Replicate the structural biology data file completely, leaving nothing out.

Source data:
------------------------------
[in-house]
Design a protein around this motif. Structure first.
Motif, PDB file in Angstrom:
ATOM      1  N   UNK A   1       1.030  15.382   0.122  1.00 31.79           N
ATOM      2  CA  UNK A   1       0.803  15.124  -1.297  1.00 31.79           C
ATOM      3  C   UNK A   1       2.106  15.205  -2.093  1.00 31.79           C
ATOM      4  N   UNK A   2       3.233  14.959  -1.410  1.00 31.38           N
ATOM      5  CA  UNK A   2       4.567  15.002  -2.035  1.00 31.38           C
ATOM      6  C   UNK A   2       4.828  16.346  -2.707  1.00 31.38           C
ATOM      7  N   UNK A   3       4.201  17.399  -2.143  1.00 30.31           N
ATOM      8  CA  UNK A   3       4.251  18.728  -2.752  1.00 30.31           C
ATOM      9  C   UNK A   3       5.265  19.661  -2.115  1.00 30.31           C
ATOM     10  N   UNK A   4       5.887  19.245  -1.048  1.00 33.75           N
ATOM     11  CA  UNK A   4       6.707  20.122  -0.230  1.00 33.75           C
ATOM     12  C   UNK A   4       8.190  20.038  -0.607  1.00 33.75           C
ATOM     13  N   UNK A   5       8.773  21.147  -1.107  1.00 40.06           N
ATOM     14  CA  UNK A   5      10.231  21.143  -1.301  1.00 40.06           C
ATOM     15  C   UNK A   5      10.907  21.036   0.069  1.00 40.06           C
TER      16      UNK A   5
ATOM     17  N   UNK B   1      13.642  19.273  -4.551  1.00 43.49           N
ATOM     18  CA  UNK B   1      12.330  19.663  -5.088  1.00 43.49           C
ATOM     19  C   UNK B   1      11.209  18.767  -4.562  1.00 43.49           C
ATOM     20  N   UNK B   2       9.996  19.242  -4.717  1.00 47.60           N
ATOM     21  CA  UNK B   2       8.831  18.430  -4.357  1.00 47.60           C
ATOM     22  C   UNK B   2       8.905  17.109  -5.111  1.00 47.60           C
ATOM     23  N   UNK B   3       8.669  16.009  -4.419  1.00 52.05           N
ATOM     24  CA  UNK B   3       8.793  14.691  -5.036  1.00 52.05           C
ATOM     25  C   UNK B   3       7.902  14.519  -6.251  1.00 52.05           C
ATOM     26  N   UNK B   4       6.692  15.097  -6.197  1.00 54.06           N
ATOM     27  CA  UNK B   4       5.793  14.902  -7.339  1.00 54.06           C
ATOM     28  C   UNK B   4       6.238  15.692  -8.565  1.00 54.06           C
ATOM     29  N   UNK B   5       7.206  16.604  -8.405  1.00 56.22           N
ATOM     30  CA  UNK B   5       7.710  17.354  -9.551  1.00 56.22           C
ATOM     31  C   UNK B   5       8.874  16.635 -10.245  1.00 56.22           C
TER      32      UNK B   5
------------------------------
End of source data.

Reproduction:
[in-house]
Design a protein around this motif. Structure first.
Motif, PDB file in Angstrom:
ATOM      1  N   UNK A   1       1.030  15.382   0.122  1.00 31.79           N
ATOM      2  CA  UNK A   1       0.803  15.124  -1.297  1.00 31.79           C
ATOM      3  C   UNK A   1       2.106  15.205  -2.093  1.00 31.79           C
ATOM      4  N   UNK A   2       3.233  14.959  -1.410  1.00 31.38           N
ATOM      5  CA  UNK A   2       4.567  15.002  -2.035  1.00 31.38           C
ATOM      6  C   UNK A   2       4.828  16.346  -2.707  1.00 31.38           C
ATOM      7  N   UNK A   3       4.201  17.399  -2.143  1.00 30.31           N
ATOM      8  CA  UNK A   3       4.251  18.728  -2.752  1.00 30.31           C
ATOM      9  C   UNK A   3       5.265  19.661  -2.115  1.00 30.31           C
ATOM     10  N   UNK A   4       5.887  19.245  -1.048  1.00 33.75           N
ATOM     11  CA  UNK A   4       6.707  20.122  -0.230  1.00 33.75           C
ATOM     12  C   UNK A   4       8.190  20.038  -0.607  1.00 33.75           C
ATOM     13  N   UNK A   5       8.773  21.147  -1.107  1.00 40.06           N
ATOM     14  CA  UNK A   5      10.231  21.143  -1.301  1.00 40.06           C
ATOM     15  C   UNK A   5      10.907  21.036   0.069  1.00 40.06           C
TER      16      UNK A   5
ATOM     17  N   UNK B   1      13.642  19.273  -4.551  1.00 43.49           N
ATOM     18  CA  UNK B   1      12.330  19.663  -5.088  1.00 43.49           C
ATOM     19  C   UNK B   1      11.209  18.767  -4.562  1.00 43.49           C
ATOM     20  N   UNK B   2       9.996  19.242  -4.717  1.00 47.60           N
ATOM     21  CA  UNK B   2       8.831  18.430  -4.357  1.00 47.60           C
ATOM     22  C   UNK B   2       8.905  17.109  -5.111  1.00 47.60           C
ATOM     23  N   UNK B   3       8.669  16.009  -4.419  1.00 52.05           N
ATOM     24  CA  UNK B   3       8.793  14.691  -5.036  1.00 52.05           C
ATOM     25  C   UNK B   3       7.902  14.519  -6.251  1.00 52.05           C
ATOM     26  N   UNK B   4       6.692  15.097  -6.197  1.00 54.06           N
ATOM     27  CA  UNK B   4       5.793  14.902  -7.339  1.00 54.06           C
ATOM     28  C   UNK B   4       6.238  15.692  -8.565  1.00 54.06           C
ATOM     29  N   UNK B   5       7.206  16.604  -8.405  1.00 56.22           N
ATOM     30  CA  UNK B   5       7.710  17.354  -9.551  1.00 56.22           C
ATOM     31  C   UNK B   5       8.874  16.635 -10.245  1.00 56.22           C
TER      32      UNK B   5